MET winter news

MET Presents The Cherry Orchard
On a sprawling country estate in turn-of-the-century Russia, an impoverished landowning family is unable to face the fact that their beloved home is about to be auctioned off. A local merchant presents numerous options to save it, including cutting down their prized cherry orchard, but the struggle between traditionalism and progress causes contention in the family. Tom Stoppard’s adaptation of Anton Chekov’s fourth and final masterpiece captures this classic tale for modern audiences.
Directed by Assoc. Artistic Director, Todd Lanker, The Cherry Orchard will open onThursday, January 17th and run through Sunday, January 27th!
The opening of MET’s production occurs on the 115th anniversary of its original premier at the Moscow Art Theatre in 1904!
Winter Classes starting soon!
Take your acting to the next stage with one of three dynamic acting courses! Taught by our very own Director/ Actor Todd Lanker, our Winter Classes are sure to challenge and inspire you!
CLICK HERE for class details and registration
CLICK HERE to contact Todd with class inquiries
What’s next at MET?
MET is thrilled to offer the sixth in August Wilson’s American Century Cycle, a decade-by-decade exploration of the African-American experience in America. Seven Guitars occurs in the backyard of a Pittsburgh tenement in 1948, where friends gather to mourn a blues guitarist and singer who died just as his career was on the verge of taking off.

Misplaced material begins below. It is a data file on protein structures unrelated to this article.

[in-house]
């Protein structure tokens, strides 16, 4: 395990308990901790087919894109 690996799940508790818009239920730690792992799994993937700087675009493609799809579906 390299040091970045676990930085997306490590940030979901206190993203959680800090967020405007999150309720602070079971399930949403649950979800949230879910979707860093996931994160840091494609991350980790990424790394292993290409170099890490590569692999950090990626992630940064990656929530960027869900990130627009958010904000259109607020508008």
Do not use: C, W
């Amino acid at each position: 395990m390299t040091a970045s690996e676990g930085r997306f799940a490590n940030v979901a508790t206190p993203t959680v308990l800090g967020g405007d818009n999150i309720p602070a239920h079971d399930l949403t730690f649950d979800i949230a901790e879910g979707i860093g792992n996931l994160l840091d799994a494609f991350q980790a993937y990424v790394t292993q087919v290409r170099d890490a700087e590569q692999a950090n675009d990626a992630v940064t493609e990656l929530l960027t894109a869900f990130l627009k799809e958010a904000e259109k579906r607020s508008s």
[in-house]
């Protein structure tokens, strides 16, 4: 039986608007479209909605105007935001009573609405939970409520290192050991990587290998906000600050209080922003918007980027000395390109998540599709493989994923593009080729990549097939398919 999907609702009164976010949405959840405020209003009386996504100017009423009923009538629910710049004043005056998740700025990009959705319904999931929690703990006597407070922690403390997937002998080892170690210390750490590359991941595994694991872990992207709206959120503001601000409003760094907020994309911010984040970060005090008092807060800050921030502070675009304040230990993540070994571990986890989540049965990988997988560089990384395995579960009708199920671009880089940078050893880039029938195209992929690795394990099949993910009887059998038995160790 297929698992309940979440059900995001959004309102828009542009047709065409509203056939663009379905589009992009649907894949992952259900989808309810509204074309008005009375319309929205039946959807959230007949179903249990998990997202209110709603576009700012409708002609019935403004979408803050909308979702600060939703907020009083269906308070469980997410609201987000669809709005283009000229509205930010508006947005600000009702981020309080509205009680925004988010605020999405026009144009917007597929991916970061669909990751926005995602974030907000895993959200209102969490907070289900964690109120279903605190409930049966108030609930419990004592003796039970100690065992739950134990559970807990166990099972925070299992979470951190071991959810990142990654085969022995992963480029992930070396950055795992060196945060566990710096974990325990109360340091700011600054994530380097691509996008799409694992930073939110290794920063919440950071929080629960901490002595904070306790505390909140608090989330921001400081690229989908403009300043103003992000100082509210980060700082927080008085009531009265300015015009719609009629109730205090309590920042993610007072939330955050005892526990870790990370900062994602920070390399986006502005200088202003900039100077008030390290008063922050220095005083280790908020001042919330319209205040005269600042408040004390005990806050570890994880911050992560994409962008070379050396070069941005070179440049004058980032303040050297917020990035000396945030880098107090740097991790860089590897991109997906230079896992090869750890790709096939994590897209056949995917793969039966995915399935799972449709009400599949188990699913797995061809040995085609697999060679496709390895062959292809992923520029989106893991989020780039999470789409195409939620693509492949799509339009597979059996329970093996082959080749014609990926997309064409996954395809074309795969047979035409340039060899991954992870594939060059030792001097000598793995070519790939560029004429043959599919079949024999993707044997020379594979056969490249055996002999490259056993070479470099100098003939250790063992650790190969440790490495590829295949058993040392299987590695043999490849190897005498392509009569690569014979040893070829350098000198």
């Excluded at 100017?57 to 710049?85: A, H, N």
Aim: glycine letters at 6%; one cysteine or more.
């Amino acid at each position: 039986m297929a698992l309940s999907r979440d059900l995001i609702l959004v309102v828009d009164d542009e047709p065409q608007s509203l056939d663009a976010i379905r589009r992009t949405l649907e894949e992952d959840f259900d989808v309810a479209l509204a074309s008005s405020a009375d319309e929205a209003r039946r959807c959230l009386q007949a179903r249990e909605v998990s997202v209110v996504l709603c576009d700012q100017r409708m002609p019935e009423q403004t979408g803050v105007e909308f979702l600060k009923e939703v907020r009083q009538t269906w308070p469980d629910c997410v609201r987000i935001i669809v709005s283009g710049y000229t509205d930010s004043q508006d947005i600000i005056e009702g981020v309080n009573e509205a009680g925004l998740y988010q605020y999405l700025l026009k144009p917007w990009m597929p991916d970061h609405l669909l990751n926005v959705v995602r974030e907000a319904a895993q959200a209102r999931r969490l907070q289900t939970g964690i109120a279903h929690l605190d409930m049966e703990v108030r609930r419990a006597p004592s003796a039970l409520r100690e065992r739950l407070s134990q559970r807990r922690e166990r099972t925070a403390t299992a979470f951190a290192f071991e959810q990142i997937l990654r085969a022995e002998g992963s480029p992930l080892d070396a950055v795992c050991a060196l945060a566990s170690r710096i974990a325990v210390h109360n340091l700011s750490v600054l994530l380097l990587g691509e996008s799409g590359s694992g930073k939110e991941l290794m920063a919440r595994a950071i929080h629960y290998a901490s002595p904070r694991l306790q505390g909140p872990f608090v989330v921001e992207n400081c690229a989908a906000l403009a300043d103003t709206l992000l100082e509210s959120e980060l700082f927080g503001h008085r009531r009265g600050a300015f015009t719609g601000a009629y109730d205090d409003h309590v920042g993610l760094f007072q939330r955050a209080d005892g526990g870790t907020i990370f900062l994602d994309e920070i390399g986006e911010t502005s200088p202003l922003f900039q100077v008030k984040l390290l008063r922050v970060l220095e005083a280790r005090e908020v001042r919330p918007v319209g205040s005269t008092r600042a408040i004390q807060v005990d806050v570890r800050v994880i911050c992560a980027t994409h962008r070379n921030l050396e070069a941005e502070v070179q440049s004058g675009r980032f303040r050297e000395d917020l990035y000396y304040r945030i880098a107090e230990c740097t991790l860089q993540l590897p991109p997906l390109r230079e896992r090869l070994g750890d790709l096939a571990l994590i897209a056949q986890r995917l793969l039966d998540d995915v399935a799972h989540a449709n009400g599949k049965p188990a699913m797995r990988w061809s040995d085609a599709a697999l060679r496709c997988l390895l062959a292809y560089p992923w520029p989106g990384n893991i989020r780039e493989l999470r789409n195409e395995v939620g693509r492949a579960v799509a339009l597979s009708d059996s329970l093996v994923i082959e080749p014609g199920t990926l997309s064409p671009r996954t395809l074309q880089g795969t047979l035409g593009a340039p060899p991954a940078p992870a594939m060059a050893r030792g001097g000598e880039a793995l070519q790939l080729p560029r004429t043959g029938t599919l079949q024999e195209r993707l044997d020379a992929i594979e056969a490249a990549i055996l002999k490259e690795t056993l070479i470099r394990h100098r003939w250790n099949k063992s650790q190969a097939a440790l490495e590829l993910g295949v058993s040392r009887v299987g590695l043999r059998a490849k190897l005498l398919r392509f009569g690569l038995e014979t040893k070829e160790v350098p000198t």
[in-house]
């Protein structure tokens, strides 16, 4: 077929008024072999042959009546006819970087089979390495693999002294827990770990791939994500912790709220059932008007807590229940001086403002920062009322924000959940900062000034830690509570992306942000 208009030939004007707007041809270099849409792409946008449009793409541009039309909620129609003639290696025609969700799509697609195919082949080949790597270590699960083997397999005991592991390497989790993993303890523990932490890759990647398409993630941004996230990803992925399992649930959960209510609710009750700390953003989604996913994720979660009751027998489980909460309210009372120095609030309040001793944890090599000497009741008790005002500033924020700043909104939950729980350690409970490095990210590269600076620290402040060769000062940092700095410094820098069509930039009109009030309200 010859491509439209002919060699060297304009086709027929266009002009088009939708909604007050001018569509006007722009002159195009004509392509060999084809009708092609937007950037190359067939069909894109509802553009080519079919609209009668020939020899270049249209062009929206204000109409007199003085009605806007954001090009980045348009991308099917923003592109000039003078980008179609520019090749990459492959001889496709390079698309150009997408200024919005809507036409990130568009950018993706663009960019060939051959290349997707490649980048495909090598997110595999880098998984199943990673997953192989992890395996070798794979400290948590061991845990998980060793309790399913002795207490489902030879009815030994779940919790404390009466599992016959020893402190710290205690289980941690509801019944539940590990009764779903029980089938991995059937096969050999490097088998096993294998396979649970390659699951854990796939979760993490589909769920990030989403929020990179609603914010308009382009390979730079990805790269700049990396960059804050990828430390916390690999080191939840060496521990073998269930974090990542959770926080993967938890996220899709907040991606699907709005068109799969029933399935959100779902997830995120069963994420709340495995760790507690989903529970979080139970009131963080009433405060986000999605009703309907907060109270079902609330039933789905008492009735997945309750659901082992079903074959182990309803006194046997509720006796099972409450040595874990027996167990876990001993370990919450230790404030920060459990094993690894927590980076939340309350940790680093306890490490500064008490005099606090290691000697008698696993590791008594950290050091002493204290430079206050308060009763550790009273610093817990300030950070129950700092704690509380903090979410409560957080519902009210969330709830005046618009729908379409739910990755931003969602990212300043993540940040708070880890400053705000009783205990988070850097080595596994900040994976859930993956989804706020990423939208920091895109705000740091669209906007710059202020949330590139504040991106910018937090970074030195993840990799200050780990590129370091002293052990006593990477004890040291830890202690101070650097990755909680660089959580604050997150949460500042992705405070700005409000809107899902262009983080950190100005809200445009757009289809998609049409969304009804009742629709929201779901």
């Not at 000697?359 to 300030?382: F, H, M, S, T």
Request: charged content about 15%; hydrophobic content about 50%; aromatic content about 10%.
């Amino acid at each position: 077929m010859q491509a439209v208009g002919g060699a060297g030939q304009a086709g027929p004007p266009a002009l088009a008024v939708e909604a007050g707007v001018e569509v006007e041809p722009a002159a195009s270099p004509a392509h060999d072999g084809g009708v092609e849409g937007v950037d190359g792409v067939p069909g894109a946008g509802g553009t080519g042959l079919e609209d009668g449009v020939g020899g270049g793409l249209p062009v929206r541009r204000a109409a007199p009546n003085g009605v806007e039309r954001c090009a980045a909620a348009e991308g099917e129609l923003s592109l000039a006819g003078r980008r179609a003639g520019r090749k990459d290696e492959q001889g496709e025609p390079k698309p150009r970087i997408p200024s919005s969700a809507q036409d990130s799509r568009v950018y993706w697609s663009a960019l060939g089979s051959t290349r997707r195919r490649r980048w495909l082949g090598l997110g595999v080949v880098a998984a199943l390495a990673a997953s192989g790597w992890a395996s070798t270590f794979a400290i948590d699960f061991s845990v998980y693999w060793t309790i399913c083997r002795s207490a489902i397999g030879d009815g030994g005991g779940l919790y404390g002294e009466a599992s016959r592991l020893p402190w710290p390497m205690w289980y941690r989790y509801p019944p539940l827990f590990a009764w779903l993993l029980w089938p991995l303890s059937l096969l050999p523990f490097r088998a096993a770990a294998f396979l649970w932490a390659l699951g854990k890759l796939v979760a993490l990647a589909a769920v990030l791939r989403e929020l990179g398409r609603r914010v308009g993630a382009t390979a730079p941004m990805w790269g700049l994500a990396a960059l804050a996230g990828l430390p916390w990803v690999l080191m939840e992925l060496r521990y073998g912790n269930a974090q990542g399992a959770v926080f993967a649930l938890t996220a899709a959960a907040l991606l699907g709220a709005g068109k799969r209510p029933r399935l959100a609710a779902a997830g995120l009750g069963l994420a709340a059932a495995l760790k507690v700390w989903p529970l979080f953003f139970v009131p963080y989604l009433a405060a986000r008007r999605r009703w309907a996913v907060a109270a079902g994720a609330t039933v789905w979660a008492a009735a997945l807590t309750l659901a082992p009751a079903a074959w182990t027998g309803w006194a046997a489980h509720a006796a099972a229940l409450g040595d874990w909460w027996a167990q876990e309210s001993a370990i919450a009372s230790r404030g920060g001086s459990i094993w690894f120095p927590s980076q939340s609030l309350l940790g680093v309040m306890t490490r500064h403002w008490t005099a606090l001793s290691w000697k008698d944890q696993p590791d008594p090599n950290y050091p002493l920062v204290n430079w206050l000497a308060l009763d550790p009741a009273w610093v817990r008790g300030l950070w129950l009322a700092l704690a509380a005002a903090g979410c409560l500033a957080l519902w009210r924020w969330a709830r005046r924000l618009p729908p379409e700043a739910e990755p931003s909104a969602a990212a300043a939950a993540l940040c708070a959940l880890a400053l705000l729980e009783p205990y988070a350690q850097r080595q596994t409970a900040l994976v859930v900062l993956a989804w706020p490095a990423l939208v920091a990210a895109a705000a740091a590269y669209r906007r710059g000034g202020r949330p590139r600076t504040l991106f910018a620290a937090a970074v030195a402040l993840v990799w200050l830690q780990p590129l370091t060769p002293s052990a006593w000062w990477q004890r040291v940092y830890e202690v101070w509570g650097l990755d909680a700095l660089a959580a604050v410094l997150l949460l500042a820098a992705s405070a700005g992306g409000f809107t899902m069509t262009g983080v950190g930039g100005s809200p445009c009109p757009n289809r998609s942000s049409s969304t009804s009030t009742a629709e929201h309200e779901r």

A big shout-out to YOU!
Without your help, it would be impossible for us to keep growing and keep creating!
THANK YOU for your support of our art, the artists, our beautiful space, and the valuable people who create for our community!
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2 thoughts on “MET winter news


    First of all I would like to say awesome blog! I had
    a quick question which I’d like to ask if you do
    not mind. I was curious to find out how you center yourself and clear your
    thoughts prior to writing. I’ve had trouble clearing my thoughts
    in getting my thoughts out there. I do enjoy writing
    however it just seems like the first 10 to 15 minutes are wasted just trying to figure
    out how to begin. Any ideas or tips? Appreciate it!

    1. Bob EvansBob Evans Post author

      Thank you for watching my blog. All of the press releases come from each theatre. The reviews and off topic editorials are mine. My background is News/Editorial. I taught high school journalism for 30 years. Many times I needed to help students find the words to grab attention for their stories, so this is just a natural thing for me. After I see a show, I generally post a quick note about it on Facebook as soon as I am home. Then, I sleep on it before I try to write a review. I want to let my audience know what I saw, how I reacted, and tell them just enough to allow them to make a decision if they want to see the show. There are times I need a day or two after seeing a difficult show. It happens. The big trick for me is to write in present tense and active voice as much as I can. Present tense takes the reader into your thoughts. It is happening as they read the story. It allows them to engage faster and gives direction to the story. Each line should follow the one before it. Hope that gives you some direction.


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